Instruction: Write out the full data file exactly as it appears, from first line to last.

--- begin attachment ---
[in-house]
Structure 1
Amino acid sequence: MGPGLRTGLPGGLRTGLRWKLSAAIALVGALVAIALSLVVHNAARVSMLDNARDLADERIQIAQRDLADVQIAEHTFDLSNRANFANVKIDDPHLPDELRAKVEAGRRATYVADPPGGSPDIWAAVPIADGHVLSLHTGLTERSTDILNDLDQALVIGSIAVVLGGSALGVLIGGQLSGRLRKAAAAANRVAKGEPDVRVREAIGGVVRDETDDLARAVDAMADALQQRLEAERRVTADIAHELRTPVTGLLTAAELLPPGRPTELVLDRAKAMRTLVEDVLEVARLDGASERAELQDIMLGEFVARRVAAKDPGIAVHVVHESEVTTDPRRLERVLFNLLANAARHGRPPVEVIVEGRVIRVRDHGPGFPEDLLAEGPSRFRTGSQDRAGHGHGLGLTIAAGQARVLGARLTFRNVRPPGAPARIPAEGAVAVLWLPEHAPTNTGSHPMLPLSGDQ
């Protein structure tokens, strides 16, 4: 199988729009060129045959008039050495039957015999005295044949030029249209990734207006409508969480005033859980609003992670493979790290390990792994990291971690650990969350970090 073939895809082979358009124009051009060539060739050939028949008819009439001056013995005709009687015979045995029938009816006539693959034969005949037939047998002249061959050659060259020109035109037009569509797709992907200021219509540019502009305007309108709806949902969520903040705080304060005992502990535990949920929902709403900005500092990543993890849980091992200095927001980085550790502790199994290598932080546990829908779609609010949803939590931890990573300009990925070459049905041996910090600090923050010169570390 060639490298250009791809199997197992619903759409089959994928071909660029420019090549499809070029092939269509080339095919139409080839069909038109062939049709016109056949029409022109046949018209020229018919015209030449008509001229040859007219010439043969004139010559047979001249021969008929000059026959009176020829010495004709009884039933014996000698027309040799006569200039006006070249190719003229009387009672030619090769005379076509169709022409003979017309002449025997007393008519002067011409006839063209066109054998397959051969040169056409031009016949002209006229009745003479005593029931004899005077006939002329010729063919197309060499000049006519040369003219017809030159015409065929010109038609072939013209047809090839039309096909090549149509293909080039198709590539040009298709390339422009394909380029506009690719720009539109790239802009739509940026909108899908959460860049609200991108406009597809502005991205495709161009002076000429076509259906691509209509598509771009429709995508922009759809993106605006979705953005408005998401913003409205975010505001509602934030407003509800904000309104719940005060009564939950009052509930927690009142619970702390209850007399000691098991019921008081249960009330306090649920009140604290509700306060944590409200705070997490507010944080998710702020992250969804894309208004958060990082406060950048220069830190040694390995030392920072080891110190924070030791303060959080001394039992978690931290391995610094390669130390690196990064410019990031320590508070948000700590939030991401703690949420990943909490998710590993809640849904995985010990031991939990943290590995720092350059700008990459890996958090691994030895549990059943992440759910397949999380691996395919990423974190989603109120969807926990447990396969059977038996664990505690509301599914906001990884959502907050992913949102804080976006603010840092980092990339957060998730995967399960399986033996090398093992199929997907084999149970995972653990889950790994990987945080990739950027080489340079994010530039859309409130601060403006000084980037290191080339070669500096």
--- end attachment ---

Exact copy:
[in-house]
Structure 1
Amino acid sequence: MGPGLRTGLPGGLRTGLRWKLSAAIALVGALVAIALSLVVHNAARVSMLDNARDLADERIQIAQRDLADVQIAEHTFDLSNRANFANVKIDDPHLPDELRAKVEAGRRATYVADPPGGSPDIWAAVPIADGHVLSLHTGLTERSTDILNDLDQALVIGSIAVVLGGSALGVLIGGQLSGRLRKAAAAANRVAKGEPDVRVREAIGGVVRDETDDLARAVDAMADALQQRLEAERRVTADIAHELRTPVTGLLTAAELLPPGRPTELVLDRAKAMRTLVEDVLEVARLDGASERAELQDIMLGEFVARRVAAKDPGIAVHVVHESEVTTDPRRLERVLFNLLANAARHGRPPVEVIVEGRVIRVRDHGPGFPEDLLAEGPSRFRTGSQDRAGHGHGLGLTIAAGQARVLGARLTFRNVRPPGAPARIPAEGAVAVLWLPEHAPTNTGSHPMLPLSGDQ
């Protein structure tokens, strides 16, 4: 199988729009060129045959008039050495039957015999005295044949030029249209990734207006409508969480005033859980609003992670493979790290390990792994990291971690650990969350970090 073939895809082979358009124009051009060539060739050939028949008819009439001056013995005709009687015979045995029938009816006539693959034969005949037939047998002249061959050659060259020109035109037009569509797709992907200021219509540019502009305007309108709806949902969520903040705080304060005992502990535990949920929902709403900005500092990543993890849980091992200095927001980085550790502790199994290598932080546990829908779609609010949803939590931890990573300009990925070459049905041996910090600090923050010169570390 060639490298250009791809199997197992619903759409089959994928071909660029420019090549499809070029092939269509080339095919139409080839069909038109062939049709016109056949029409022109046949018209020229018919015209030449008509001229040859007219010439043969004139010559047979001249021969008929000059026959009176020829010495004709009884039933014996000698027309040799006569200039006006070249190719003229009387009672030619090769005379076509169709022409003979017309002449025997007393008519002067011409006839063209066109054998397959051969040169056409031009016949002209006229009745003479005593029931004899005077006939002329010729063919197309060499000049006519040369003219017809030159015409065929010109038609072939013209047809090839039309096909090549149509293909080039198709590539040009298709390339422009394909380029506009690719720009539109790239802009739509940026909108899908959460860049609200991108406009597809502005991205495709161009002076000429076509259906691509209509598509771009429709995508922009759809993106605006979705953005408005998401913003409205975010505001509602934030407003509800904000309104719940005060009564939950009052509930927690009142619970702390209850007399000691098991019921008081249960009330306090649920009140604290509700306060944590409200705070997490507010944080998710702020992250969804894309208004958060990082406060950048220069830190040694390995030392920072080891110190924070030791303060959080001394039992978690931290391995610094390669130390690196990064410019990031320590508070948000700590939030991401703690949420990943909490998710590993809640849904995985010990031991939990943290590995720092350059700008990459890996958090691994030895549990059943992440759910397949999380691996395919990423974190989603109120969807926990447990396969059977038996664990505690509301599914906001990884959502907050992913949102804080976006603010840092980092990339957060998730995967399960399986033996090398093992199929997907084999149970995972653990889950790994990987945080990739950027080489340079994010530039859309409130601060403006000084980037290191080339070669500096």